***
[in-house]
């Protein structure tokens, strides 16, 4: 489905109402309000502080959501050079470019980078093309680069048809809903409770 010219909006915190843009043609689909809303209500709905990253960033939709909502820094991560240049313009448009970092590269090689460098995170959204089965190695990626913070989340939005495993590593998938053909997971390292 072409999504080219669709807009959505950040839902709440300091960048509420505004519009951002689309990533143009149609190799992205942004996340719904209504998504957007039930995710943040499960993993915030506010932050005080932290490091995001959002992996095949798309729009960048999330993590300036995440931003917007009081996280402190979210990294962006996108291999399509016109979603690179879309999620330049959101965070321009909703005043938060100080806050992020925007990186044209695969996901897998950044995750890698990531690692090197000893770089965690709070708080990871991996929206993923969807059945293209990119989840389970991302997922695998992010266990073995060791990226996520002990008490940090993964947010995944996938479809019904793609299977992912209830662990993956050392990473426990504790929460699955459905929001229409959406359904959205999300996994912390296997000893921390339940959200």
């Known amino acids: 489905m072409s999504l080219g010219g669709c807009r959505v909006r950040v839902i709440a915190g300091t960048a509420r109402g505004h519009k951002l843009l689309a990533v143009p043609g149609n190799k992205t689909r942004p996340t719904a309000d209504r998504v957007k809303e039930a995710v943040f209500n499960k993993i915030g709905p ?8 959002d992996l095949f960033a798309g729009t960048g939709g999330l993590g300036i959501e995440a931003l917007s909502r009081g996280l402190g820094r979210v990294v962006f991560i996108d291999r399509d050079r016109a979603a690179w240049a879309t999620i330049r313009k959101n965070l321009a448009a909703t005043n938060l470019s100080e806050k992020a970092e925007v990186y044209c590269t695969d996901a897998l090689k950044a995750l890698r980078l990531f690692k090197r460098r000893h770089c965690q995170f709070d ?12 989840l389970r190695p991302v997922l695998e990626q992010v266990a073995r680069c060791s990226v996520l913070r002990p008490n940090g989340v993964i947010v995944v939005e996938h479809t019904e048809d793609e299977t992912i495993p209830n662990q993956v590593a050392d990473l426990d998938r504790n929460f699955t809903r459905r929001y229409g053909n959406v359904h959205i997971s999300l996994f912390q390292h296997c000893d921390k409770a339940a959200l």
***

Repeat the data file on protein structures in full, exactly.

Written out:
[in-house]
């Protein structure tokens, strides 16, 4: 489905109402309000502080959501050079470019980078093309680069048809809903409770 010219909006915190843009043609689909809303209500709905990253960033939709909502820094991560240049313009448009970092590269090689460098995170959204089965190695990626913070989340939005495993590593998938053909997971390292 072409999504080219669709807009959505950040839902709440300091960048509420505004519009951002689309990533143009149609190799992205942004996340719904209504998504957007039930995710943040499960993993915030506010932050005080932290490091995001959002992996095949798309729009960048999330993590300036995440931003917007009081996280402190979210990294962006996108291999399509016109979603690179879309999620330049959101965070321009909703005043938060100080806050992020925007990186044209695969996901897998950044995750890698990531690692090197000893770089965690709070708080990871991996929206993923969807059945293209990119989840389970991302997922695998992010266990073995060791990226996520002990008490940090993964947010995944996938479809019904793609299977992912209830662990993956050392990473426990504790929460699955459905929001229409959406359904959205999300996994912390296997000893921390339940959200």
């Known amino acids: 489905m072409s999504l080219g010219g669709c807009r959505v909006r950040v839902i709440a915190g300091t960048a509420r109402g505004h519009k951002l843009l689309a990533v143009p043609g149609n190799k992205t689909r942004p996340t719904a309000d209504r998504v957007k809303e039930a995710v943040f209500n499960k993993i915030g709905p ?8 959002d992996l095949f960033a798309g729009t960048g939709g999330l993590g300036i959501e995440a931003l917007s909502r009081g996280l402190g820094r979210v990294v962006f991560i996108d291999r399509d050079r016109a979603a690179w240049a879309t999620i330049r313009k959101n965070l321009a448009a909703t005043n938060l470019s100080e806050k992020a970092e925007v990186y044209c590269t695969d996901a897998l090689k950044a995750l890698r980078l990531f690692k090197r460098r000893h770089c965690q995170f709070d ?12 989840l389970r190695p991302v997922l695998e990626q992010v266990a073995r680069c060791s990226v996520l913070r002990p008490n940090g989340v993964i947010v995944v939005e996938h479809t019904e048809d793609e299977t992912i495993p209830n662990q993956v590593a050392d990473l426990d998938r504790n929460f699955t809903r459905r929001y229409g053909n959406v359904h959205i997971s999300l996994f912390q390292h296997c000893d921390k409770a339940a959200l």